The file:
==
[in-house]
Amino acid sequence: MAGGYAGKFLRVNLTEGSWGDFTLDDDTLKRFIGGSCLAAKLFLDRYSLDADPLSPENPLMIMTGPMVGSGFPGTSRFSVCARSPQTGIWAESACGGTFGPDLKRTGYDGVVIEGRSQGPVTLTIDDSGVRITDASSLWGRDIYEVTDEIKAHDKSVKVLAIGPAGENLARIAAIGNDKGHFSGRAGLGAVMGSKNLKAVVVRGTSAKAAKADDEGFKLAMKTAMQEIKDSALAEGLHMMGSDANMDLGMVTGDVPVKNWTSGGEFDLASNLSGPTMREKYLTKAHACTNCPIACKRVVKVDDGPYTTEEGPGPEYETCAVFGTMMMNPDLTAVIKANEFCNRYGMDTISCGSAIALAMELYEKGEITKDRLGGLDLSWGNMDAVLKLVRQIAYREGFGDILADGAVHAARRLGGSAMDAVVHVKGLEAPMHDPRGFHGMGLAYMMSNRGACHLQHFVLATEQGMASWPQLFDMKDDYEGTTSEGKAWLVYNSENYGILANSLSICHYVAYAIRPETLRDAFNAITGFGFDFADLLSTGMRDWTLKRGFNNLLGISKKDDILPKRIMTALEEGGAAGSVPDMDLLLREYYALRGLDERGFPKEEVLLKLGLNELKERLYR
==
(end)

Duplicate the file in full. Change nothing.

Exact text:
[in-house]
Amino acid sequence: MAGGYAGKFLRVNLTEGSWGDFTLDDDTLKRFIGGSCLAAKLFLDRYSLDADPLSPENPLMIMTGPMVGSGFPGTSRFSVCARSPQTGIWAESACGGTFGPDLKRTGYDGVVIEGRSQGPVTLTIDDSGVRITDASSLWGRDIYEVTDEIKAHDKSVKVLAIGPAGENLARIAAIGNDKGHFSGRAGLGAVMGSKNLKAVVVRGTSAKAAKADDEGFKLAMKTAMQEIKDSALAEGLHMMGSDANMDLGMVTGDVPVKNWTSGGEFDLASNLSGPTMREKYLTKAHACTNCPIACKRVVKVDDGPYTTEEGPGPEYETCAVFGTMMMNPDLTAVIKANEFCNRYGMDTISCGSAIALAMELYEKGEITKDRLGGLDLSWGNMDAVLKLVRQIAYREGFGDILADGAVHAARRLGGSAMDAVVHVKGLEAPMHDPRGFHGMGLAYMMSNRGACHLQHFVLATEQGMASWPQLFDMKDDYEGTTSEGKAWLVYNSENYGILANSLSICHYVAYAIRPETLRDAFNAITGFGFDFADLLSTGMRDWTLKRGFNNLLGISKKDDILPKRIMTALEEGGAAGSVPDMDLLLREYYALRGLDERGFPKEEVLLKLGLNELKERLYR